Friday, February 11, 2011

Red Velvet-ism

A- I decided to make red velvet cupcakes for Valentine’s Day, seen below

and this article was brought to my attention where it talked about the “requirements” for “authentic” red velvet cake. So, let’s break this down...

C-This article was brought to her attention by a jerk-face who thought that it was the epitome of “true” red velvet.  That’s why we’re being so harsh.  Also, because it’s kind of crazy-sauce.

1. The cake must have some cocoa, but not too much because it is not a chocolate cake.

C- How very helpful.  Doesn’t presence of cocoa make it a chocolate cake?

A- Definitely... just adding red food coloring to cake doesn’t cut it... but don’t we all know that already?

2. The cake must have red food coloring; beet juice does not add the right kind of red.

C-The right kind of red.  She doesn’t say the right flavor, so why the heck is the beet-color so wrong?  Also, according to completely unsubstantiated internet sources, beets were used during food rationing in WWII.  Did they ration red food coloring?  Did Red #40 side with ze Germans?

A- Seriously, the right kind of red?! What’s the definition of the “correct red” anyway? So what if I mix red food coloring with beet juice, would that be considered okay?

3. The cake must have cream cheese frosting.

A- Sure, cream cheese frosting is nice and I’m definitely a fan of... but its not necessarily a “requirement”.... what, without cream cheese frosting, we shouldn’t eat it? Way to be extreme.

C- I’m not sure I’d like it nearly as much without cream cheese, though.  I’ll allow her this one point.

A- Rose mousse... with rose WATER. story for another day.

C-Touche.  But I’m not sure I’d call it a Red Velvet Cake.  I’d qualify the title.  “Red Velvet and Rubbing Alcohol Cake”, for instance.  But you’re right, the mousse story will wait.

4. There should be pecans.  Maybe someones grandma did this back home and she thinks that’s right.  Like how I think macaroni and cheese needs to have cheez-its on top to be real.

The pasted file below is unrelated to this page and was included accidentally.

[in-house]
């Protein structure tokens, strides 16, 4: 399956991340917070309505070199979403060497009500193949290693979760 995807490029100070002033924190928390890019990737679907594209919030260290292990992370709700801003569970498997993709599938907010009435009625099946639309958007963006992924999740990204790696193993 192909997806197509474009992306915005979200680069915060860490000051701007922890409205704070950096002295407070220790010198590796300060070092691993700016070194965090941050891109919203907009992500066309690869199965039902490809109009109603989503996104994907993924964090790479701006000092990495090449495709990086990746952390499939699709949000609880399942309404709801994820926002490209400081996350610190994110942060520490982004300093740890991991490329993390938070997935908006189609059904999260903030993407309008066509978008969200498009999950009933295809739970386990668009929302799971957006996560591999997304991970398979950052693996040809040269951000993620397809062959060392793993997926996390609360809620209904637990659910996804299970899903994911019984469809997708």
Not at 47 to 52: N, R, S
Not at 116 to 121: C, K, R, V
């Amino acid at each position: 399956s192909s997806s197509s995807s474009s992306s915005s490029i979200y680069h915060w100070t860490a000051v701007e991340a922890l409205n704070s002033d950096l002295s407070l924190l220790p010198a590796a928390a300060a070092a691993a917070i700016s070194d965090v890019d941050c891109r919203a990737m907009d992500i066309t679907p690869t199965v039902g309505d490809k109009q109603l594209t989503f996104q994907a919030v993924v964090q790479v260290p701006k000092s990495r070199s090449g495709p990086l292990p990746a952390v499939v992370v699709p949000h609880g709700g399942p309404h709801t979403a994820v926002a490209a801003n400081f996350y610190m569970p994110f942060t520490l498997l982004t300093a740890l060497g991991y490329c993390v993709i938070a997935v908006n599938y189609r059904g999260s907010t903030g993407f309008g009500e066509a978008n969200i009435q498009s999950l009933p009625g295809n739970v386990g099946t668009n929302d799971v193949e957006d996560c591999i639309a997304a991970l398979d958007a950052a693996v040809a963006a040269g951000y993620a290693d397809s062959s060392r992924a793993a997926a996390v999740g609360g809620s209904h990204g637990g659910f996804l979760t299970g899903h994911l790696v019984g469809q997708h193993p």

I’ve seen some recipes where pecans are used on the frosting, as garnish, but this article sounds like you toss a bunch into the batter.  

A- Pecans?!? Really?!? I really wouldn’t want to eat a red velvet cake if i knew it had pecans in it... I’m thinking a lotta people will agree with me on this.

C-Or maybe it should just be you leave a bowl of pecans beside it on the table.  

A- What about the people who are allergic to nuts? No red velvet for them? How sad.

5. You must use high-quality ingredients, including White Lily flour, a Southern specialty flour.

C-Never trust an article with product placement.  Also, White Lily is only sold in the Southeastern US, which means that those of us in the rest of the country might as well give up now.

A- So, everyone outside of the southeast should never make red velvet? That’s geography-ism man.

C-We don’t have to take it.  Oh, and also...The South?  Apparently Red Velvet cake might have originated in Canada or New York.  Sure, you made it what it is today, but I’m not sure you can claim ownership.  I can’t say that I’m “From California” even though I live here now.

6. Precise measurements and meticulous attention to detail are key for this cake; therefore, it must be made in small, easy-to handle, family-sized batches. (Mass-produced batter just doesn't cut it. Sorry, large-scale bakeries.)

C-Unlike all those other cakes, where you just throw ingredients in willy-nilly.

A- Aren’t precise measurements the epitome of baking? red velvet is no exception. And way to diss them bakeries, some of which make awesome red velvet cake.

7. You must use a hand-held electric mixer, not a stand mixer: Larger machines can over-mix the batter, which sometimes prevents the cake from rising properly.

A- Um no, standing mixer ftw. Some people don’t have all day to “delicately” hand mix the batter... just beat at low power and for a shorter amount of time.

C-Next, she’s going to recommend you just give a toddler a whisk or else your own massive biceps will over-mix.

8. Red velvet cake batter needs vegetable oil, not butter or shortening. Oil yields a very moist cake.

A- I’ve made plenty of cakes with butter and the end product... very moist. It really depends on the recipe. And who says you can’t use butter AND vegetable oil, ever think of that?

C-And she specifies that you need vegetable oil.  It’s in italics.  The only italics that she uses in the whole article, so you know it’s important.  What about all those other oils out there?  Again, according to the internet, vegetable oil is a relatively recent addition to the recipe.

full article found here:

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